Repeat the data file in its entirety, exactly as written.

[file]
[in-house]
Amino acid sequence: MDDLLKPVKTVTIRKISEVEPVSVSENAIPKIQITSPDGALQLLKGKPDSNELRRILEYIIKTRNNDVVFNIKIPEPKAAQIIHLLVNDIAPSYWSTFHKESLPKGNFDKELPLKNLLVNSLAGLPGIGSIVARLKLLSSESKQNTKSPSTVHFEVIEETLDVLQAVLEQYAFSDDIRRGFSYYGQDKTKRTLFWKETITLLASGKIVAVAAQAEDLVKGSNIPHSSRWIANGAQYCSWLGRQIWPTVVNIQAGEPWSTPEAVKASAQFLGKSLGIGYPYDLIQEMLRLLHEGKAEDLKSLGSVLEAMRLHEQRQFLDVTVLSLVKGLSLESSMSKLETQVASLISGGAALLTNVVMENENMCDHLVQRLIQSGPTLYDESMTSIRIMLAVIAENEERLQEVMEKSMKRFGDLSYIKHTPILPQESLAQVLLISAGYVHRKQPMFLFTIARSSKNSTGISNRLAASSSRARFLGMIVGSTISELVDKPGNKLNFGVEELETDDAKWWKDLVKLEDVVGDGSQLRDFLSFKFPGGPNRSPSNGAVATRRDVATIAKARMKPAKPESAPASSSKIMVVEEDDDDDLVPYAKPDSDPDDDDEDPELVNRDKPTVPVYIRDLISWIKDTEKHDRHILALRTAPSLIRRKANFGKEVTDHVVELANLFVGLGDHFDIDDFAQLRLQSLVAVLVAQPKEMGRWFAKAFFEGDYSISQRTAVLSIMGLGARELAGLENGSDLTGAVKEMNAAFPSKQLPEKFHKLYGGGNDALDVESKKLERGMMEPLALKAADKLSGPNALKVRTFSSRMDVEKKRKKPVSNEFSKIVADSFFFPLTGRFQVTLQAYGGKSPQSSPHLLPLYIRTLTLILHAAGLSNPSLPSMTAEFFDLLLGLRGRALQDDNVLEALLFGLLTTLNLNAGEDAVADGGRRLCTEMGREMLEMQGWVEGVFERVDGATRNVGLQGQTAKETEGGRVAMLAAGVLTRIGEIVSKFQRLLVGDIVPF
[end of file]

[in-house]
Amino acid sequence: MDDLLKPVKTVTIRKISEVEPVSVSENAIPKIQITSPDGALQLLKGKPDSNELRRILEYIIKTRNNDVVFNIKIPEPKAAQIIHLLVNDIAPSYWSTFHKESLPKGNFDKELPLKNLLVNSLAGLPGIGSIVARLKLLSSESKQNTKSPSTVHFEVIEETLDVLQAVLEQYAFSDDIRRGFSYYGQDKTKRTLFWKETITLLASGKIVAVAAQAEDLVKGSNIPHSSRWIANGAQYCSWLGRQIWPTVVNIQAGEPWSTPEAVKASAQFLGKSLGIGYPYDLIQEMLRLLHEGKAEDLKSLGSVLEAMRLHEQRQFLDVTVLSLVKGLSLESSMSKLETQVASLISGGAALLTNVVMENENMCDHLVQRLIQSGPTLYDESMTSIRIMLAVIAENEERLQEVMEKSMKRFGDLSYIKHTPILPQESLAQVLLISAGYVHRKQPMFLFTIARSSKNSTGISNRLAASSSRARFLGMIVGSTISELVDKPGNKLNFGVEELETDDAKWWKDLVKLEDVVGDGSQLRDFLSFKFPGGPNRSPSNGAVATRRDVATIAKARMKPAKPESAPASSSKIMVVEEDDDDDLVPYAKPDSDPDDDDEDPELVNRDKPTVPVYIRDLISWIKDTEKHDRHILALRTAPSLIRRKANFGKEVTDHVVELANLFVGLGDHFDIDDFAQLRLQSLVAVLVAQPKEMGRWFAKAFFEGDYSISQRTAVLSIMGLGARELAGLENGSDLTGAVKEMNAAFPSKQLPEKFHKLYGGGNDALDVESKKLERGMMEPLALKAADKLSGPNALKVRTFSSRMDVEKKRKKPVSNEFSKIVADSFFFPLTGRFQVTLQAYGGKSPQSSPHLLPLYIRTLTLILHAAGLSNPSLPSMTAEFFDLLLGLRGRALQDDNVLEALLFGLLTTLNLNAGEDAVADGGRRLCTEMGREMLEMQGWVEGVFERVDGATRNVGLQGQTAKETEGGRVAMLAAGVLTRIGEIVSKFQRLLVGDIVPF